Malaysia MPs seek laws to punish firms causing haze

Malaysia's iconic Petronas twin towers and Kuala Lumpur's skyline are shrouded in thick haze on Oct 21, 2015.
Malaysia's iconic Petronas twin towers and Kuala Lumpur's skyline are shrouded in thick haze on Oct 21, 2015. PHOTO: AFP

Malaysian MPs have urged the government to adopt laws like those in Singapore which allow legal action to be taken against companies responsible for causing the haze.

Thick smoke from forest and peatland fires in Indonesia has blanketed many Malaysian states in recent weeks, causing flight delays. There will be no school today for nearly 2.7 million students after schools in several states, including Selangor and Penang, were ordered to close.

The MPs were speaking in Parliament yesterday during a debate on an emergency motion on the haze problem. Several cited Singapore's Transboundary Haze Pollution Act, which allows regulators to prosecute companies or individuals responsible for causing fires that cause severe air pollution in Singapore.

"Haze is not something that cannot be avoided, it is caused by human action. I suggest the government should make laws more stringent for those who practise open burning," Umno MP Ikmal Hisham Abdul Aziz said.

Opposition MP Hee Loy Sian urged Natural Resources and Environment Minister Wan Junaidi Tuanku Jaafar to propose similar legislation so that irresponsible companies can be punished.

Datuk Seri Wan Junaidi told the House that Malaysia was playing an active role at every Asean forum to resolve the haze problem and was committed to helping Indonesia put out the fires. He said the government was not ready to propose new legislation as it was still studying the feasibility of such a law.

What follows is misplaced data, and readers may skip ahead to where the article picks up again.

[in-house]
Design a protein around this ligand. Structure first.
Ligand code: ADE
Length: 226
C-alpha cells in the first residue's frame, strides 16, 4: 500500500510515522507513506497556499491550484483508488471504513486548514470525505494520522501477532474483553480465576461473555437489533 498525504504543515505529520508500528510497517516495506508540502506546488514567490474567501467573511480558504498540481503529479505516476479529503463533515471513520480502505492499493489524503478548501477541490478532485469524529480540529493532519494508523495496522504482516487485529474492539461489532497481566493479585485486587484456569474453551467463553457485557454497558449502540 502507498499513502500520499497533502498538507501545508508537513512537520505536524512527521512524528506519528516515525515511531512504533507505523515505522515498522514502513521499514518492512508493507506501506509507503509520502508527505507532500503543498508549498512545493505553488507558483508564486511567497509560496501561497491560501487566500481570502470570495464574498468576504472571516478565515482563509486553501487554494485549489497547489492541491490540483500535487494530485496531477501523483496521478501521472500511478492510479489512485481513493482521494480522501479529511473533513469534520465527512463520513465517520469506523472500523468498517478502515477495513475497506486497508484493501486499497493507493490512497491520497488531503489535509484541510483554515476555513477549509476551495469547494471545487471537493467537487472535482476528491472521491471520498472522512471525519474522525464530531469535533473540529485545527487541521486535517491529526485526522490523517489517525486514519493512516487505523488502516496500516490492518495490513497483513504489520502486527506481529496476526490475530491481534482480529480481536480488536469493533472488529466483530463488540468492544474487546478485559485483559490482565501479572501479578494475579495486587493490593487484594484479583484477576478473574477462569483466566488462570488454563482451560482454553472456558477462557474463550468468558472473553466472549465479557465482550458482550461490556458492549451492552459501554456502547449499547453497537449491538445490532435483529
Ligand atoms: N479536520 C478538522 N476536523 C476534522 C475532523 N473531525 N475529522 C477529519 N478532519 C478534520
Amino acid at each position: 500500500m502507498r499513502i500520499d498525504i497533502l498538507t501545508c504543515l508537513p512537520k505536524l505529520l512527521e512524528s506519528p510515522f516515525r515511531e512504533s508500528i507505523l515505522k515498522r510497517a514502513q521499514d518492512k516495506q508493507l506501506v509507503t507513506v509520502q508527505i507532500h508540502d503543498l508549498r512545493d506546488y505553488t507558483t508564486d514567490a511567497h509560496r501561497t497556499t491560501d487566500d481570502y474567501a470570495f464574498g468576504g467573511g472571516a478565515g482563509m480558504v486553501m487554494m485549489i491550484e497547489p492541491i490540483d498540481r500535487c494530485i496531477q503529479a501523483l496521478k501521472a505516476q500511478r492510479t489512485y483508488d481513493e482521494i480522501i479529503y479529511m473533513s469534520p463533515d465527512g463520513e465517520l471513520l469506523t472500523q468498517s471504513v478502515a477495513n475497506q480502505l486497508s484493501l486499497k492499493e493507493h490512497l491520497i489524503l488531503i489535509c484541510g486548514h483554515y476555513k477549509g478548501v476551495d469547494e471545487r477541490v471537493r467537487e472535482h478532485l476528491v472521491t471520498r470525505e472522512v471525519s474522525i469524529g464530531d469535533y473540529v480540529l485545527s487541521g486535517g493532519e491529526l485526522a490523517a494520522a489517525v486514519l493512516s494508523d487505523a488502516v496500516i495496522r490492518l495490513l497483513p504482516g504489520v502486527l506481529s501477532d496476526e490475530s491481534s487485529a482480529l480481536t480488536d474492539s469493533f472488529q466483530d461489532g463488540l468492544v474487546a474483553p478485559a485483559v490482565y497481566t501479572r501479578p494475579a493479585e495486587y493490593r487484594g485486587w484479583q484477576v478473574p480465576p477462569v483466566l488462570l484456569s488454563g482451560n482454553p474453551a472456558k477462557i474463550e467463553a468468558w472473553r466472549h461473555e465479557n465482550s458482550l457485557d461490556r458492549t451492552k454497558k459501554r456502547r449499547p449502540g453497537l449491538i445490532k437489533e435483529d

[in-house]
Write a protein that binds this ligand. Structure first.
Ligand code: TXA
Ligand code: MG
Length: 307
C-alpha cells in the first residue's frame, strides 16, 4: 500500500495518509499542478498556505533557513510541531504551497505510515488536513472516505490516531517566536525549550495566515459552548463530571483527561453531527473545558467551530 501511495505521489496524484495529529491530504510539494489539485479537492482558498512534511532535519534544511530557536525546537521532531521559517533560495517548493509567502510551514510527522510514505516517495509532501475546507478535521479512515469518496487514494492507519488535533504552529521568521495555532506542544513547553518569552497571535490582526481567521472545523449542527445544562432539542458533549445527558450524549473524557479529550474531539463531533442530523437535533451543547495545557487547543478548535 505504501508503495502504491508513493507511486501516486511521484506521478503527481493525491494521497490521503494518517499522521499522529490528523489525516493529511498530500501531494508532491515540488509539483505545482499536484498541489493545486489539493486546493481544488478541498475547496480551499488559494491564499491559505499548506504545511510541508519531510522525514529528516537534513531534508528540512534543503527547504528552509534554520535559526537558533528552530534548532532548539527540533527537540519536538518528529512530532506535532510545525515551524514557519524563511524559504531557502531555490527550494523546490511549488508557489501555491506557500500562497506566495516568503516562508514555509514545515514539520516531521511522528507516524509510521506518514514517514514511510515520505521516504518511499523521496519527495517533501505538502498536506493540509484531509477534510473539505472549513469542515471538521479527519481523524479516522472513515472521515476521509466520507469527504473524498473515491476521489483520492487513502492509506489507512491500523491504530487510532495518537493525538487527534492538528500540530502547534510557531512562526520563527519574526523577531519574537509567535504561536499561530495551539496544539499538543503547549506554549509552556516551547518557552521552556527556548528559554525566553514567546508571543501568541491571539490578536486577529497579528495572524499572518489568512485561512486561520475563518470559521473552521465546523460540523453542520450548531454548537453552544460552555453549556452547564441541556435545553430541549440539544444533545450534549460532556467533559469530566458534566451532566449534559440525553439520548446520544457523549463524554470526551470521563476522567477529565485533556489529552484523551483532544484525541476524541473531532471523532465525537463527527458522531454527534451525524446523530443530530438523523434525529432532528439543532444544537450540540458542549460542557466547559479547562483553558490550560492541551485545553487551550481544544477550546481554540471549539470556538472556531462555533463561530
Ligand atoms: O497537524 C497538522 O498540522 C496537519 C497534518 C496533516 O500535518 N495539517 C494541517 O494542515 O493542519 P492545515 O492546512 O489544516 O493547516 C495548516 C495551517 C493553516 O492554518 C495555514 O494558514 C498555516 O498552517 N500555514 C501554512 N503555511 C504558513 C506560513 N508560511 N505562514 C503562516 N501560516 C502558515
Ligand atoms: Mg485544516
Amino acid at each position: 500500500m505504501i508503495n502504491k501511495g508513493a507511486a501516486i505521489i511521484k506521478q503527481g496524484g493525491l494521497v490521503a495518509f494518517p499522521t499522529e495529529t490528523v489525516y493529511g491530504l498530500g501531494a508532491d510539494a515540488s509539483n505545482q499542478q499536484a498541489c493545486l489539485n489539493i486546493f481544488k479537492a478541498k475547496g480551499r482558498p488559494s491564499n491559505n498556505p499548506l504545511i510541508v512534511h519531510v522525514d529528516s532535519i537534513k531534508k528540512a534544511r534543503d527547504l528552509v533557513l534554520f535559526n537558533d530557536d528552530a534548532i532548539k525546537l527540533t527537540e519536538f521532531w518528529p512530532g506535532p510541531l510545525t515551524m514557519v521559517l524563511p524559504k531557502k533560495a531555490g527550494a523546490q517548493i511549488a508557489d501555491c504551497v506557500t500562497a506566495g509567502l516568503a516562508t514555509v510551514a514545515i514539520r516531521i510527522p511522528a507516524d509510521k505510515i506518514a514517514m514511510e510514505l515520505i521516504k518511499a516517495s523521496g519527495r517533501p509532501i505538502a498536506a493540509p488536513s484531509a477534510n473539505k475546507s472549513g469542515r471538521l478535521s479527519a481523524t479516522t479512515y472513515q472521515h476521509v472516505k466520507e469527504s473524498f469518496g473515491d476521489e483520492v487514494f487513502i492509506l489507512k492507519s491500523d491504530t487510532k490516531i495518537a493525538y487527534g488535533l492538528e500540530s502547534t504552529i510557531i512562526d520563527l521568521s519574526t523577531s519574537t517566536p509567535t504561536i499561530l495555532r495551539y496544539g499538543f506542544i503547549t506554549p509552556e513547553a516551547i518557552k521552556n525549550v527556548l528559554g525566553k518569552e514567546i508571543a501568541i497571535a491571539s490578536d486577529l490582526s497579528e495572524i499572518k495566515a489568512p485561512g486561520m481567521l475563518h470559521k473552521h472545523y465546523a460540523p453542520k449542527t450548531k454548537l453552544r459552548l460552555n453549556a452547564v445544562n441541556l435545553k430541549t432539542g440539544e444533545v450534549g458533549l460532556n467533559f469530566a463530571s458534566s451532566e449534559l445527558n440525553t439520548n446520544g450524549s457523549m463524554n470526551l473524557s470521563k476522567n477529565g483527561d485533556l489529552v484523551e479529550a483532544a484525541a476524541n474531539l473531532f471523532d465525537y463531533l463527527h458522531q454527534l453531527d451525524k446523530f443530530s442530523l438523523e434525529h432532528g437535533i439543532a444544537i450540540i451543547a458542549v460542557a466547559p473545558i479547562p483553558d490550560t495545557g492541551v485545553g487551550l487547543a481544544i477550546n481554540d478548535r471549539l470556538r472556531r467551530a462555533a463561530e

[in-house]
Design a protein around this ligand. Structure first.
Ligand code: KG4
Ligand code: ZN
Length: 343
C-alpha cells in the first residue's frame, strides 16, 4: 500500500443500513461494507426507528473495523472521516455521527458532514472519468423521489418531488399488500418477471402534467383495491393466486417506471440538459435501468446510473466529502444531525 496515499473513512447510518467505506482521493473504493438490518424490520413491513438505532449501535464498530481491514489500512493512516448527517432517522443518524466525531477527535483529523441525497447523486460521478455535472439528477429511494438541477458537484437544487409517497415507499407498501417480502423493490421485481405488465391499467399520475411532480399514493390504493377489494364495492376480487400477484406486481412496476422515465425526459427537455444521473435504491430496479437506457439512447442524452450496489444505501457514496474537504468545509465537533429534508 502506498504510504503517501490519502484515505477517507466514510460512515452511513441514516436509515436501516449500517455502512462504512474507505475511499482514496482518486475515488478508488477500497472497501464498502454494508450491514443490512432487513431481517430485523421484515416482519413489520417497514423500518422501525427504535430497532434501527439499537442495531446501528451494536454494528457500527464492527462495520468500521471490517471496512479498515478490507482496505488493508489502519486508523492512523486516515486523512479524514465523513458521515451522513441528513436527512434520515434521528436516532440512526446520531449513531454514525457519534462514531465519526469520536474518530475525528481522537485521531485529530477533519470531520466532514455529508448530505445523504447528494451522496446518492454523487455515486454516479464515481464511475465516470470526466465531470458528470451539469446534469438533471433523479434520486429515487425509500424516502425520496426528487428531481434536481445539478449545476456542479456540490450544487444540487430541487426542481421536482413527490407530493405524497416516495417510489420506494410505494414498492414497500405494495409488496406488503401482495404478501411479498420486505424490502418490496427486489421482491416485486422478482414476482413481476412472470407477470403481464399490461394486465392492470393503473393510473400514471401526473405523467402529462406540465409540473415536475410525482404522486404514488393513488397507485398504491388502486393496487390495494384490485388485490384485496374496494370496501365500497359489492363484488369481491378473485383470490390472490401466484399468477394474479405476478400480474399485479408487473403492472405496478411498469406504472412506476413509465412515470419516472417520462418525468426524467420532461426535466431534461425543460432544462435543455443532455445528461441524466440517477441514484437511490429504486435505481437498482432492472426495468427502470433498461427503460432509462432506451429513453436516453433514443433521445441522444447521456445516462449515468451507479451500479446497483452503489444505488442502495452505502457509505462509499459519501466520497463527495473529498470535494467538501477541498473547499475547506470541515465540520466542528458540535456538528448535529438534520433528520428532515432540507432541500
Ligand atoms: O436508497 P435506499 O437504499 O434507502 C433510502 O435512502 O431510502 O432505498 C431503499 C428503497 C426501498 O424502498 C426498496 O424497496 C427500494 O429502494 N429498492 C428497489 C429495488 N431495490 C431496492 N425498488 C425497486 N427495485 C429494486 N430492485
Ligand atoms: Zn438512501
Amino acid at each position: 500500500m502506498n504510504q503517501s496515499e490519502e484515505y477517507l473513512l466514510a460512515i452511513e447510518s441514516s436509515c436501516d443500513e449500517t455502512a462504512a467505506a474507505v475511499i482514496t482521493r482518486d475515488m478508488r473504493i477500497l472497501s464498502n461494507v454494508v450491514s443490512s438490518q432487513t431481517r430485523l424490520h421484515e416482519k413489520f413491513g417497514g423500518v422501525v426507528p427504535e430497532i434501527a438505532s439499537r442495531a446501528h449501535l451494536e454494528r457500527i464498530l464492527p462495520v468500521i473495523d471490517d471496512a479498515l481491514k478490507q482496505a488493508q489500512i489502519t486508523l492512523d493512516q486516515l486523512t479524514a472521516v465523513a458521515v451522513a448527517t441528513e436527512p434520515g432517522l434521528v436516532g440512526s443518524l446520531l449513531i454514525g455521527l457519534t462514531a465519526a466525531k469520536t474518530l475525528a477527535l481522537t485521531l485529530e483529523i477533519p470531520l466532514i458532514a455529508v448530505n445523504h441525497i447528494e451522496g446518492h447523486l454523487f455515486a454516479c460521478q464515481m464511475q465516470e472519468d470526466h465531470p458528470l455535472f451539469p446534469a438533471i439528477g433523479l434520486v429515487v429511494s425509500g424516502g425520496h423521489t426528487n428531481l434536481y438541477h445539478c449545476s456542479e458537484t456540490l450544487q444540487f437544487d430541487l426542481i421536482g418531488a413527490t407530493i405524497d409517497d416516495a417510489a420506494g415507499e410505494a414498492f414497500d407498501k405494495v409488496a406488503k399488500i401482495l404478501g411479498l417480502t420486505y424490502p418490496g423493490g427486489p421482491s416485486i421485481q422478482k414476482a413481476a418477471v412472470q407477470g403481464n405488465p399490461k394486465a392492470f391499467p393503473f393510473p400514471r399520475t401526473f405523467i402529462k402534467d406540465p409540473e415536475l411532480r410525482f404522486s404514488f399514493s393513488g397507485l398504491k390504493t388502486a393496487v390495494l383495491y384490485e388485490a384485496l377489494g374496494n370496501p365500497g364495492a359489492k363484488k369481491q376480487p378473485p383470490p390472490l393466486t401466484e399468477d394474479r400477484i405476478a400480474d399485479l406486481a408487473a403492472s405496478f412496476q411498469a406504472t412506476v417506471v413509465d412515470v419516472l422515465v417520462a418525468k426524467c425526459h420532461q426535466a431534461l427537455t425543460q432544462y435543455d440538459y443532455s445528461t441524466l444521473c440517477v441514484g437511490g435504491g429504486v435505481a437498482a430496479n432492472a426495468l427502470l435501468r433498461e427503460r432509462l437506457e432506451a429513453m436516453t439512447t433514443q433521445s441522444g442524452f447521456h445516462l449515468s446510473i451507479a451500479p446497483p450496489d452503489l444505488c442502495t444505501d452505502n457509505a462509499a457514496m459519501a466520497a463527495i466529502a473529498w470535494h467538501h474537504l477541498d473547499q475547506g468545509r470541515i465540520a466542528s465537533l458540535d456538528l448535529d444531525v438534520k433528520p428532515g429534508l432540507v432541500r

Defence Minister Hishammuddin Hussein told reporters Malaysia was ready to deploy more military assets like the Hercules C-130 to help put out the fires in Indonesia, Bernama reported. He also suggested that Indonesia can seek assistance from non-Asean members like Japan for additional assets but stressed that it was ultimately Indonesia's decision whether it wants to do so.

Indonesia's firefighting efforts may also see a boost of 1,200 personnel and assets, including helicopters, from Malaysia's Fire and Rescue Department, should Jakarta accept Malaysia's offer, said Cabinet minister Abdul Rahman Dahlan.

A version of this article appeared in the print edition of The Straits Times on October 22, 2015, with the headline 'Malaysia MPs seek laws to punish firms causing haze'. Print Edition | Subscribe